Leaving the Wellington dawn parade this morning, I noticed at least a couple of cafes open on Cuba Street, at least one of which had some ANZAC themed advertising out front taking advantage of the mass exodus, and Burger King on Lambton Quay appeared to be open. Are they allowed to trade on ANZAC morning these days?
Honestly, the only thing that was affronted by seeing people lined up at the Newmarket Coffee Club around 7am yesterday was my inner coffee snob. As Michael Homer pointed out, it’s been the case for twenty five years.
I’d thought that Australia was a little tougher than NZ when it came to enforcing the sanctity of ANZAC proper, but it seems that Mammon must be appeased.
Again, I really wish ministers that have merrily slashed support for veterans, servicemen and women and their families would take their moral high horses to the knacker’s yard. It’s long since crossed the line from tiresome to offensively two-faced. BTW, how many auctions do you think were being held in Sydney during hail storms, flash floods and freakishly torrential rain?
An Aussie lad-mag hijacks Anzac for a bikini cover.
I'm sure the Veterans Affairs Minister in a Government that slashed the VA budget by $100 million and announced plans to further cut veteran pensions last year will be suitably outraged,
I think it’s also true that the official messaging of 2015 has smoothed out the century since into something far less complex than it really was.
I've never felt that connected to the "official messaging", but that might have more to do with the way Anzac Day actually went down in our house. I remember spending my childhood getting up in the dark, remembering to be very careful not to do anything to annoy my father whose sadness was like a fog. And which he never, ever talked about.
Just a few reasons why we shouldn't take our electoral agencies -- and the job they do exceptionally well -- for granted as much as we do.
Religion and indoctrination go hand in hand and you sound well and truly indoctrinated
With all due respect, Rae -- this is exactly why I don't talk about my experience of faith around here much, or in any great depth. To have a part of my life that is intimate, complex and often intensely painful (and don't bother lecturing me on how horrible organized religion so often is to LGBT people. I've lived it.) airily dismissed as "indoctrination" makes me question whether getting into it is worth the headache. Civility and basic empathy is a two way street, and frankly it's one too many theists and atheists need to stop treating like a demolition derby.
It’s hard to argue this case without sounding callous but I believe that Simon was arguing that “Campbell Live is the last bastion of current affairs journalism” is a romantic view of Campbell rather than the reality. In fact there are lots of snippets that are frustratingly lacking in depth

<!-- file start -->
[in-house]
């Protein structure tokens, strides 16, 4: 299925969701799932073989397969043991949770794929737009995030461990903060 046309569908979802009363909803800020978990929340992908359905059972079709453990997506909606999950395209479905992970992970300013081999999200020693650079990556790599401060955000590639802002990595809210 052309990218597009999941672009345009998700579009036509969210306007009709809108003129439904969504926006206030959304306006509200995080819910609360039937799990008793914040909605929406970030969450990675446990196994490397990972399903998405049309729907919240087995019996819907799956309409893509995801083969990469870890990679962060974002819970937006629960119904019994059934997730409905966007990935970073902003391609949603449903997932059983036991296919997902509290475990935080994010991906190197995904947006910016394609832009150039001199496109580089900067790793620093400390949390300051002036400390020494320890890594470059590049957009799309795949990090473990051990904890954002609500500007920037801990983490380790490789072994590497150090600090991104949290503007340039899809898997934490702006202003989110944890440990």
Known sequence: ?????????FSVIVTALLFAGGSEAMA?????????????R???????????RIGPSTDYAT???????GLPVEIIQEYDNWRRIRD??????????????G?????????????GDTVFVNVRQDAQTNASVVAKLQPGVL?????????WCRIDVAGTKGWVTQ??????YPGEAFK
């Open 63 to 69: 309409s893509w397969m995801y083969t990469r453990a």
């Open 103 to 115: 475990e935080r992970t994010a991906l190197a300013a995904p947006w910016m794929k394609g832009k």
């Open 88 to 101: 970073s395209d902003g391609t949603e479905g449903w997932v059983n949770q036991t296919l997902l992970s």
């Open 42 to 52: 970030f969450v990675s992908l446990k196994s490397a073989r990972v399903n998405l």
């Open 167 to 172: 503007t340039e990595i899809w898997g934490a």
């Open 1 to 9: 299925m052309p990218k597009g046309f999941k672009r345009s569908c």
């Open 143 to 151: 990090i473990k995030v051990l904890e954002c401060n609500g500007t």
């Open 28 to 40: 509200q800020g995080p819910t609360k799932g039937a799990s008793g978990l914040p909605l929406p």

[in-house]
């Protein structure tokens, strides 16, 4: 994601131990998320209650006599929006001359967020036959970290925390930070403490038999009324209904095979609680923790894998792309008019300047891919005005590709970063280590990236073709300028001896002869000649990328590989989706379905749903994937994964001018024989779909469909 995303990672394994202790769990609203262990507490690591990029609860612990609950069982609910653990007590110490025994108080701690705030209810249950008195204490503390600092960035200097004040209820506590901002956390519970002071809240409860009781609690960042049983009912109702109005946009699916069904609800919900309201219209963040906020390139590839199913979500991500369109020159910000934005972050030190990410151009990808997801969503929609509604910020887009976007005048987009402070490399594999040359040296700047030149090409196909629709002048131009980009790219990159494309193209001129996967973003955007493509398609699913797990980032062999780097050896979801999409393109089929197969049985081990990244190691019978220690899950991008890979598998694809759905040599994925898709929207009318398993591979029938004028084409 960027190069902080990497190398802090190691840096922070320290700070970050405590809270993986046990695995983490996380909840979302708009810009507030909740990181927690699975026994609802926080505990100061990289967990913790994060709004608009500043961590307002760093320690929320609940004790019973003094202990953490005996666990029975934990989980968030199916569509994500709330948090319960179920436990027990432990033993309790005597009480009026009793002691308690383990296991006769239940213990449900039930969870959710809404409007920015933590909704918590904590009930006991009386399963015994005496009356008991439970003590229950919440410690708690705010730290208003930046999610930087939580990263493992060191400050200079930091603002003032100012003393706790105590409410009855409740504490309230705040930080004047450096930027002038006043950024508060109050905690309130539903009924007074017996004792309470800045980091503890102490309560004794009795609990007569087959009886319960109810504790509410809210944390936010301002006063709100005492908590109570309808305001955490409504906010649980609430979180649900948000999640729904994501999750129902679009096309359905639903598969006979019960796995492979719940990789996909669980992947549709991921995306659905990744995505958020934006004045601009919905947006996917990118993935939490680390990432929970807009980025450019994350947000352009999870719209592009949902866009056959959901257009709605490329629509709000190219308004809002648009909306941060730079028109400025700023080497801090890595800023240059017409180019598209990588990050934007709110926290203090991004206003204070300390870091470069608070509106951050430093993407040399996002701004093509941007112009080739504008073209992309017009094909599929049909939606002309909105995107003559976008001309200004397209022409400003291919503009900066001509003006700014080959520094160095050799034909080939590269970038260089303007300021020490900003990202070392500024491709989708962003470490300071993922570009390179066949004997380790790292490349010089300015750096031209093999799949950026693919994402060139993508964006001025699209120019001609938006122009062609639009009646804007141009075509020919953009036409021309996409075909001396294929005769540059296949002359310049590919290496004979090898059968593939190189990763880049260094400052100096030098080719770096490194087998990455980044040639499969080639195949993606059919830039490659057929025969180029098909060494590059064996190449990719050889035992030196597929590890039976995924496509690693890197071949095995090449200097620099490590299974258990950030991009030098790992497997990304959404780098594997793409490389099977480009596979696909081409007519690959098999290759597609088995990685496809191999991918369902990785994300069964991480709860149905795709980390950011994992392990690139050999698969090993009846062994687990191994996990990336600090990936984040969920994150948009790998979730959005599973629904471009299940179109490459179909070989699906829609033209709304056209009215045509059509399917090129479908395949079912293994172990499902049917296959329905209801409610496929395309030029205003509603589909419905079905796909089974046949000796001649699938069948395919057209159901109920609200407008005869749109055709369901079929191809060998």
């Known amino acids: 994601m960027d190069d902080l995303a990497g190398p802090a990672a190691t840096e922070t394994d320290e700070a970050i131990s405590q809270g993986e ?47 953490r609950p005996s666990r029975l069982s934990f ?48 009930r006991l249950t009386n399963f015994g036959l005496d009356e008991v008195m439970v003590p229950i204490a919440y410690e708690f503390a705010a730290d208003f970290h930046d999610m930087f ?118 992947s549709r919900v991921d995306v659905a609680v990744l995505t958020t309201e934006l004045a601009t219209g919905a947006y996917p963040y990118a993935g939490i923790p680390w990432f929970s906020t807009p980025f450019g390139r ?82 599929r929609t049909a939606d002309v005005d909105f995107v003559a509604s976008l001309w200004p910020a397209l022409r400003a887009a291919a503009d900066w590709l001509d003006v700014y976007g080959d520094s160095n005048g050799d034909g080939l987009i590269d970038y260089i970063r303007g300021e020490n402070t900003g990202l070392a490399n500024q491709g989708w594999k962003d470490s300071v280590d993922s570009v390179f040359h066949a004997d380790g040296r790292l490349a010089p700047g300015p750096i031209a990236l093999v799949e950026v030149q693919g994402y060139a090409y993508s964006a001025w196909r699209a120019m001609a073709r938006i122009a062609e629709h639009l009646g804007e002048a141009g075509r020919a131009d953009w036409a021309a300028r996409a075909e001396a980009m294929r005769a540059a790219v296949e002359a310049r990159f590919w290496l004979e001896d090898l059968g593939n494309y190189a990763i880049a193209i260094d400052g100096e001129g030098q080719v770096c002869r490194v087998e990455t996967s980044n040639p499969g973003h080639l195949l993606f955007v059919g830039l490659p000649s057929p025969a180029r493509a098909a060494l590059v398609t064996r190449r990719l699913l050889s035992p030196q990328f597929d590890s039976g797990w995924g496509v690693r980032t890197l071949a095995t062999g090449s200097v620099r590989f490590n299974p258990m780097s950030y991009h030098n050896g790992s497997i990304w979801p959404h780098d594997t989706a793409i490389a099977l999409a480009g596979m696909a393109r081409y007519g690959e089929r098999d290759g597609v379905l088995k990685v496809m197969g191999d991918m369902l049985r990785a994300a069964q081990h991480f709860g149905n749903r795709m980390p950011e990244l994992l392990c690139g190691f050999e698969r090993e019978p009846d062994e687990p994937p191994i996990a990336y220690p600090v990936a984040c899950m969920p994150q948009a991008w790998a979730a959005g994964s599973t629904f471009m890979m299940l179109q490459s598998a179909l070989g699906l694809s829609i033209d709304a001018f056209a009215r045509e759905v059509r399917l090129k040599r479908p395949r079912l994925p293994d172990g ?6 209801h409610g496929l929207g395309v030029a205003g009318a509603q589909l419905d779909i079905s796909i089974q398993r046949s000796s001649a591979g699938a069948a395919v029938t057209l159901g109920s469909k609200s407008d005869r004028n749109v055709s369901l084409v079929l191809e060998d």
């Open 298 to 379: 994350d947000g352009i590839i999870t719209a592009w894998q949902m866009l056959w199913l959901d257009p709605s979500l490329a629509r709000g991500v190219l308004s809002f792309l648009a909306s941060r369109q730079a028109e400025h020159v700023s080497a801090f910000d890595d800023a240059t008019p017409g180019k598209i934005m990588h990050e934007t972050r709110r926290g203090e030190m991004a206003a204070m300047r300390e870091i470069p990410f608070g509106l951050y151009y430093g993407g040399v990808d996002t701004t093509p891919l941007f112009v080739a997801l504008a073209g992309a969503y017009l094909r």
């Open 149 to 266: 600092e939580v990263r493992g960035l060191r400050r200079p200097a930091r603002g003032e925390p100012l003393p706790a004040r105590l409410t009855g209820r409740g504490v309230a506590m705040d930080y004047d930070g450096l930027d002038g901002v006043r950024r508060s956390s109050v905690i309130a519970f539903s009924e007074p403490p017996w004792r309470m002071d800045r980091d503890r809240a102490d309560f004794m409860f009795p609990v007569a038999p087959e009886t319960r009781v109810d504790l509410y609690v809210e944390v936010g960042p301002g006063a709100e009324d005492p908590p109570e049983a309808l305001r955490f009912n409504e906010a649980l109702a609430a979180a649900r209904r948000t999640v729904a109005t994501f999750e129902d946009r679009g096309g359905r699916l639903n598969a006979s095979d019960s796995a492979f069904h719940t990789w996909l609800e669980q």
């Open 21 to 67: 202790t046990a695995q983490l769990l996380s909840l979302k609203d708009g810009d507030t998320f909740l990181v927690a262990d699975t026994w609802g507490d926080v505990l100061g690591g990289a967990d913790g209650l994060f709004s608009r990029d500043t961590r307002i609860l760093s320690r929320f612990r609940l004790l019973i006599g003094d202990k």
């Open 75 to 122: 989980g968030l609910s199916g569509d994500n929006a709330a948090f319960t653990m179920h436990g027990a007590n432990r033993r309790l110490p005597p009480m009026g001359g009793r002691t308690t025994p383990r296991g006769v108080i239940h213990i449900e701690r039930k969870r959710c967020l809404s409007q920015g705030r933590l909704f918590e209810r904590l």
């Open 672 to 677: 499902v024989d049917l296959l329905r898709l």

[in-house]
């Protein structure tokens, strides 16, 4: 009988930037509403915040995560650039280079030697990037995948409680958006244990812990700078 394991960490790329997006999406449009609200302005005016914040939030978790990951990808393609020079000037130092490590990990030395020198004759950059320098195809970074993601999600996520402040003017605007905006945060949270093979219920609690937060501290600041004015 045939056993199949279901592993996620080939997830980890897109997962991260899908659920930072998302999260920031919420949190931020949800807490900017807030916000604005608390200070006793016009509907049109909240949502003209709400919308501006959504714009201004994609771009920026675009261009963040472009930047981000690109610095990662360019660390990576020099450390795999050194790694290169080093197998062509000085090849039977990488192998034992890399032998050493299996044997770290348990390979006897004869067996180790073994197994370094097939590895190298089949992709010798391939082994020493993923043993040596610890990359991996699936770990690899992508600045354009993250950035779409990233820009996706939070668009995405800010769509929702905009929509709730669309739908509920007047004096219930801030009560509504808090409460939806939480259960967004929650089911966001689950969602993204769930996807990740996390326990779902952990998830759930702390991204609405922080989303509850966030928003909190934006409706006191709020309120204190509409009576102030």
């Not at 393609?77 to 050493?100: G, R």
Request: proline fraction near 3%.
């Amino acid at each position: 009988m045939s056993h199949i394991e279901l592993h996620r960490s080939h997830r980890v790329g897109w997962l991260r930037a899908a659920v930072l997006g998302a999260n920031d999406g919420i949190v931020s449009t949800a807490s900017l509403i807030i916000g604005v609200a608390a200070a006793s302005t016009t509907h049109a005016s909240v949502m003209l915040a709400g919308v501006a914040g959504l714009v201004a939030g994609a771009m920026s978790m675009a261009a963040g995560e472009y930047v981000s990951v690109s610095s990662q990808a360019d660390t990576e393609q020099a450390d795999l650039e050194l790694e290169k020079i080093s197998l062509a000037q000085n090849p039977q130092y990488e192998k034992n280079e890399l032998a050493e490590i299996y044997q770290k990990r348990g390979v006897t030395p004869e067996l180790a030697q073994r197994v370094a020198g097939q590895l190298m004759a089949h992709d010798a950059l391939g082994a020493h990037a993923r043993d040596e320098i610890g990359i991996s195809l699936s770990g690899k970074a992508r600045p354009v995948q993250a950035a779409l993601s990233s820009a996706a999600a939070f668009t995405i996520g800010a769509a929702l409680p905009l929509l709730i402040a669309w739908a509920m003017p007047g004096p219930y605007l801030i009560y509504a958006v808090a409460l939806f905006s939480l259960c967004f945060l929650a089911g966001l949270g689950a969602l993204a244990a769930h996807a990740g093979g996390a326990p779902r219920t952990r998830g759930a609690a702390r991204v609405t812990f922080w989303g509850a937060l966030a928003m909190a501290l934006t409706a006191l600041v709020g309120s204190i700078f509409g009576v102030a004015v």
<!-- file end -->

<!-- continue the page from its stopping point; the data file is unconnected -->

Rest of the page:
Fair enough -- but I don't think I'm the only person who has been going to some pains to say "Campbell Live is very far from perfect, but it's really something I'd rather not lose".
But to be entirely cynical nor is it very useful -- or intellectually honest -- to engage in the starry-eyed romanticism of statements like (as simon puts it) "Hoping a private channel does serious journalism is no substitute for having a public channel that’s obliged to." I'd very strongly recommend Jean Seaton's Pinkoes and Traitors: The BBC and The Nation, 1974-1987 for a bracing reality check on any nostalgic pining for some golden age that never really existed.
I’d assume your assessment is correct except… for a few stories, while the pieces themselves may be fluff, they’re probably bringing attention to more serious broader issues.
Thanks for that, Lucy. "Fluff" is one of the many things that is very much in the eye of the beholder, and while I know a lot of folks around here don't like the term much, check your privilege.
I don't mean to pick on you Simon, but that "School-in-a-Box helping Vanuatu kids" may have been trivia to you and you're perfectly entitled to think so. It may not be trivial at all to those in the audience who have family in Vanuatu, or contributed to Unicef's Cyclone Pam Appeal which financed it.
You’d think from reading the comments on PA that everyone in NZ believes Dirty Politics, no one votes National and everyone watches Campbell Live.
There are days (and most of a decade - don't ask) when I don't know why the hell I bother hauling my bloated carcass out of bed...
John Campbell is an intellectual but he fronts a programme that is a mixture of advocacy journalism, lots of human interest fluff and some political interviews. I don’t think his abilities are being used to their full extent.
I don't disagree with your larger point (I think John Campbell would be really great at a long-form interview show) but context matters and Campbell Live is a general interest, prime time five-nights-a-week, forty-weeks-of-the-year current affairs show. There's nothing intrinsically wrong with "human interest fluff" as part of a well-balanced diet. After all, plenty of the stories coming out of Christchurch could be characterized as HIF, and that's a legit part of the story too.
And one thing I like about Campbell is he has the kind of temperament where he can do the warm, empathic HIF and the stern brow-crinkle at the not-so-great and not-at-all good equally well. That's a lot rarer than you might think.
Campbell used to actually get complaints about doing so much on Christchurch.
Sure, but in the history of journalism it’s funny how many of the great stories outlets dine out on for years – if not decades – were initially greeting with “Oh, by Perry White’s salty chocolate balls, enough already , move on!”